"Country" should probably have been called "Woman" since it puts Jessica Lange in the role of all-time champion earth sister. Lange and Sam Shepard, so gaunt it hurts, play Midwestern farmers Jewell and Gil Ivy, who face foreclosure and the loss of their land in the dead-earnest social melodrama that opens today at area theaters. Unfortunately, what one might expect to be a film about people banding together turns out to be a film about Lange banding together.

Indeed, William D. Wittliff, who wrote the screenplay, throws a tornado at her in the first reel just to give her something to do. Tornados are no match for this kid, an agrarian Iowan who in the course of the film sails a sea of troubles and by opposing intimidates them. At one point she stands up to a Mack truck.

There's no particular reason why the new breed of woman-hero shouldn't be drawn in terms as exaggerated as heroic men have been for years on the screen. But for Wittliff and Lange, also the coproducers, it isn't enough that Jewell Ivy is strong. Everybody else has to be weak. As the husband, Shepard skulks and lurks about for the first half of the film and then when the going gets tough, he gets going -- right out the door. He falls blubberingly to pieces and then vanishes. Jessica presses on.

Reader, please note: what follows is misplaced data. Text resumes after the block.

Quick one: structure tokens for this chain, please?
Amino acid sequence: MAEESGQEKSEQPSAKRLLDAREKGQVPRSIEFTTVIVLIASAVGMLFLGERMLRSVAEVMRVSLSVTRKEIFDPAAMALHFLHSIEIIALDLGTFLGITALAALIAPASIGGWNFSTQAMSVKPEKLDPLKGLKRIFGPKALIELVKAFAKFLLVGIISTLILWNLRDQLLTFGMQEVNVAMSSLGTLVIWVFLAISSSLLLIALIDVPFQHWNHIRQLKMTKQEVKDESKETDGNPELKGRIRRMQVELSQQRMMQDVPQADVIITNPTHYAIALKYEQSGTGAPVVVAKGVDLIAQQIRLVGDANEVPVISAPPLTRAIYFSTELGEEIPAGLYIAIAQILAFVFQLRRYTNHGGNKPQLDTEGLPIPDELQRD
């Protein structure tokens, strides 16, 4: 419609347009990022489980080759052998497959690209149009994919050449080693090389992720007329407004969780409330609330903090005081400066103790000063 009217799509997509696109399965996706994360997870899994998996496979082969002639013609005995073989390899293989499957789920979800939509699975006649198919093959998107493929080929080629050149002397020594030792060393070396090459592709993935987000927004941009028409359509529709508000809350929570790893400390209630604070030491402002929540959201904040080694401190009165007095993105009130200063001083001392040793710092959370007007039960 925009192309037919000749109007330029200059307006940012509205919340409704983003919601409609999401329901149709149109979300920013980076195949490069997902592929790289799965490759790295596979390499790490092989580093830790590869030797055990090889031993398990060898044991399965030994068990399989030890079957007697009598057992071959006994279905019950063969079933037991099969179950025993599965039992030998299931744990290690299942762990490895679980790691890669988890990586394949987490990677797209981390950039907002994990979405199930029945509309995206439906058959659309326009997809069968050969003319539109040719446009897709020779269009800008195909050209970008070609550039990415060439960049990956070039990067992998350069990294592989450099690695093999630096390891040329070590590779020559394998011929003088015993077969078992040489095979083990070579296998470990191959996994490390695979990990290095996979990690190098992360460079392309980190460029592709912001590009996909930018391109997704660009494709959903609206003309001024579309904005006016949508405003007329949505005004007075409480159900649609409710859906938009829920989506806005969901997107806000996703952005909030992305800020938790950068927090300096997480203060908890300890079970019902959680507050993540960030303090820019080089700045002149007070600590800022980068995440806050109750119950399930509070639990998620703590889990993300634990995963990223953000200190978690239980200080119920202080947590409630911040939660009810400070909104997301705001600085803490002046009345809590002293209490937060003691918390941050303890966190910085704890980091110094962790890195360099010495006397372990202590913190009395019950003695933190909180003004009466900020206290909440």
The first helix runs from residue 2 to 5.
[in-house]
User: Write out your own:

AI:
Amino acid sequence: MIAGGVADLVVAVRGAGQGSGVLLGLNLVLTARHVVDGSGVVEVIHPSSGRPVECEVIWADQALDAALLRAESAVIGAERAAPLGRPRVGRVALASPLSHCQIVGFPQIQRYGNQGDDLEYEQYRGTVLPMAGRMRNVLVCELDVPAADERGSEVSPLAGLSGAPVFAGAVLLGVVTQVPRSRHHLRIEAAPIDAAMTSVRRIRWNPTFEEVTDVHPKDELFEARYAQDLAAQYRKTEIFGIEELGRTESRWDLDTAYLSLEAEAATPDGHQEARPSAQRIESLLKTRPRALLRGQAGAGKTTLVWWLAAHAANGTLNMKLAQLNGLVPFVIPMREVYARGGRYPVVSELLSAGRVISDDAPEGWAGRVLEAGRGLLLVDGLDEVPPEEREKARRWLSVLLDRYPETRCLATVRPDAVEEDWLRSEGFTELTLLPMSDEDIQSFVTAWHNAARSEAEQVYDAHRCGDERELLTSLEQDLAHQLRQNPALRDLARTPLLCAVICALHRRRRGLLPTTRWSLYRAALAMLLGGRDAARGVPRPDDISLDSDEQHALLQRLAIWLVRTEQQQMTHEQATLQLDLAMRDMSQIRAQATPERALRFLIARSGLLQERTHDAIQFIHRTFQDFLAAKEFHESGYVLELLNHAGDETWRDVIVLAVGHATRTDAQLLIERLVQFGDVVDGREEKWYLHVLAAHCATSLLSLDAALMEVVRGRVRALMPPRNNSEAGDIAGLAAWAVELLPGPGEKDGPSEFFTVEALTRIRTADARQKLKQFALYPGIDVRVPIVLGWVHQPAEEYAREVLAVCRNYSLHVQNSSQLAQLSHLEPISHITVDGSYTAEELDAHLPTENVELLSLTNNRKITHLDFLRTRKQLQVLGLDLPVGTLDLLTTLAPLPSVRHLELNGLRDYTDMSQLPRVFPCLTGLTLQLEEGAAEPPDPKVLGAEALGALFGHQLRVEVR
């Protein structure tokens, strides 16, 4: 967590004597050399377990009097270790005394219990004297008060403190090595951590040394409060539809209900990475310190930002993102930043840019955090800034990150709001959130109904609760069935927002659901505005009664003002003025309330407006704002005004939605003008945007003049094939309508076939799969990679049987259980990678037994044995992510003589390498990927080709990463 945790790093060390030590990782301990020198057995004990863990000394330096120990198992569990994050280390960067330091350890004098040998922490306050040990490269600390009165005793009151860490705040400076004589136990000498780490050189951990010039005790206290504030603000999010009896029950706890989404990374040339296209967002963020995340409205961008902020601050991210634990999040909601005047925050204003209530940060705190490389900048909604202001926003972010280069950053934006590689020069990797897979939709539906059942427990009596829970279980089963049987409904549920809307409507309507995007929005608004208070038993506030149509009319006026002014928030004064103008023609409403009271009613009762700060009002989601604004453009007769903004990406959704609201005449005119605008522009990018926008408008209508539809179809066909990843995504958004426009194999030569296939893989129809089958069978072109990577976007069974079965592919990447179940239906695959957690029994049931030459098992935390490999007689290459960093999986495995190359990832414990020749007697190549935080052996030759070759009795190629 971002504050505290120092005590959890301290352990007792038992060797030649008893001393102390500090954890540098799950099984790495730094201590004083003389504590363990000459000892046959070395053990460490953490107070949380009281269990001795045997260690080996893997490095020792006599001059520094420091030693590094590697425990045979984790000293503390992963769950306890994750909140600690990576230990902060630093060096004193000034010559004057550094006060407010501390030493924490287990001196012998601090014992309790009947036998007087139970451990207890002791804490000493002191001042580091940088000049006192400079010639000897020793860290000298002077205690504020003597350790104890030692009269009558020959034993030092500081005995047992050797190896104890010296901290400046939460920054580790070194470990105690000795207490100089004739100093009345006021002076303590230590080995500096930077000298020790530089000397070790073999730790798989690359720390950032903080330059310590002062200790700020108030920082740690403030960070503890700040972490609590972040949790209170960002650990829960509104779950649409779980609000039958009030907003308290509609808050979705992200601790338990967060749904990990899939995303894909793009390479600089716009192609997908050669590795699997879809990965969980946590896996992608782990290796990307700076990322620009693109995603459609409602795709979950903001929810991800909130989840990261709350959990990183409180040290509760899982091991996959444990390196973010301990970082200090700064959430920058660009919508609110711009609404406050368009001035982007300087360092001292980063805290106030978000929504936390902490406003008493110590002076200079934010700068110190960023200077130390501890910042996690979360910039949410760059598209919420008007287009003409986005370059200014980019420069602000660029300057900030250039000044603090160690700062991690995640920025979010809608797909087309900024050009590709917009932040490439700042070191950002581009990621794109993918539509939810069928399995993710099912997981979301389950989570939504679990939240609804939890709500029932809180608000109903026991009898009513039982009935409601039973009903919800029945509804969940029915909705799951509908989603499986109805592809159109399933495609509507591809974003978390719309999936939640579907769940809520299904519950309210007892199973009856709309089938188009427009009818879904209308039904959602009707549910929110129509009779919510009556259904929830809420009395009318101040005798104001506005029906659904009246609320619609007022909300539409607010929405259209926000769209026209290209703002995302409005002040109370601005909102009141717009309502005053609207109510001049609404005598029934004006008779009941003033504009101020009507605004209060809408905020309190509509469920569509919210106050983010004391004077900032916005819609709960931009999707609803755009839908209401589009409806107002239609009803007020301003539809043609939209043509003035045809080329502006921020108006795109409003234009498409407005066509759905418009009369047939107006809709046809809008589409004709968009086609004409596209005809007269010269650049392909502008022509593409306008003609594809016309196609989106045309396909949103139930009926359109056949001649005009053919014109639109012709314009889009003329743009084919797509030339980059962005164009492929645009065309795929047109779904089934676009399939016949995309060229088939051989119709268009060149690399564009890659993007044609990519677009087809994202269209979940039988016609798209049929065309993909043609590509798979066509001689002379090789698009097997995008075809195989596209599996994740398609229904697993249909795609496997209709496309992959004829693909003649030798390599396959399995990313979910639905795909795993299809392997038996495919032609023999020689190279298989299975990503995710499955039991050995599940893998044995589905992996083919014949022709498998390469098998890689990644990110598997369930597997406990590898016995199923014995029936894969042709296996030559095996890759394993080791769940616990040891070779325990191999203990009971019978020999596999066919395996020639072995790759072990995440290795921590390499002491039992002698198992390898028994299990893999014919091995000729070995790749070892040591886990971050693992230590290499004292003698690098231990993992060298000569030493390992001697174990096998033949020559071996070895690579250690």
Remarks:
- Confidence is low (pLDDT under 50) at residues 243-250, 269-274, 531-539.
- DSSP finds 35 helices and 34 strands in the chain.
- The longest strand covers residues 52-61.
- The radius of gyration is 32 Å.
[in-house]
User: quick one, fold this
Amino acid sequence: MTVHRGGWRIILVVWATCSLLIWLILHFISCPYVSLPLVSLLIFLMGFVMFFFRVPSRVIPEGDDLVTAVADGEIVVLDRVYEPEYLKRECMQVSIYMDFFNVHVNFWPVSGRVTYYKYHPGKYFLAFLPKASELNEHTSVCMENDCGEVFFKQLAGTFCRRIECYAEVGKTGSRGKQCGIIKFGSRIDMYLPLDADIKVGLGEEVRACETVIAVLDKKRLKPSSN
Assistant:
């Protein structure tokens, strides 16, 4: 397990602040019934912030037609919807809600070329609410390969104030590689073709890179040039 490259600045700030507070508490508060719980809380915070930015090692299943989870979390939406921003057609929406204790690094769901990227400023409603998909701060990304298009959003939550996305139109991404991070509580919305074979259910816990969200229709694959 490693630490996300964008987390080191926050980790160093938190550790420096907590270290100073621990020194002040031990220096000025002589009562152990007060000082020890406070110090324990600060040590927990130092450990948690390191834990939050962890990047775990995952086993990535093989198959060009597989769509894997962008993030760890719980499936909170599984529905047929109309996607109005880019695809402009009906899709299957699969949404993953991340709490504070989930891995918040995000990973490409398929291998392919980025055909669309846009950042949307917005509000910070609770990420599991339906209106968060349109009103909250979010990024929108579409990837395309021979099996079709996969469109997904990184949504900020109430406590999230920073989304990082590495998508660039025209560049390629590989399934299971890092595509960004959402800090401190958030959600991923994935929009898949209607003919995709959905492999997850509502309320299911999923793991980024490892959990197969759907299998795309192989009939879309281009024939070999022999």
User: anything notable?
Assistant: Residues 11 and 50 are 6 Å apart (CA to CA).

Lange gives attractive stamina and grit to Jewell Ivy, but as an actress she is better equipped for communicating vulnerability and victimization on the screen. It has something to do with the way her half-moon face photographs as some fragile, wounded visage. Her most human moment is one of submission, when she presses her forehead against the door of her childrens' bedroom and sobs.

Anyone would be entitled to sob. Land that has been in Jewell's family for 100 years is about to be confiscated by an Uncle Sam with fangs, the Farmers Home Administration. The Ivys are meant to symbolize those farmers whose way of life is threatened by cruelly changing times. Unquestionably the movie's heart is in the right place, but somebody forgot that even the most decent impulses require some form of dramatization when plastered onto a movie screen. "Country" is arch and skeletal, and it keeps trumping up excuses for Lange to play the saint -- a Joan of Arkansas, as it were, even though that's a bit to the South.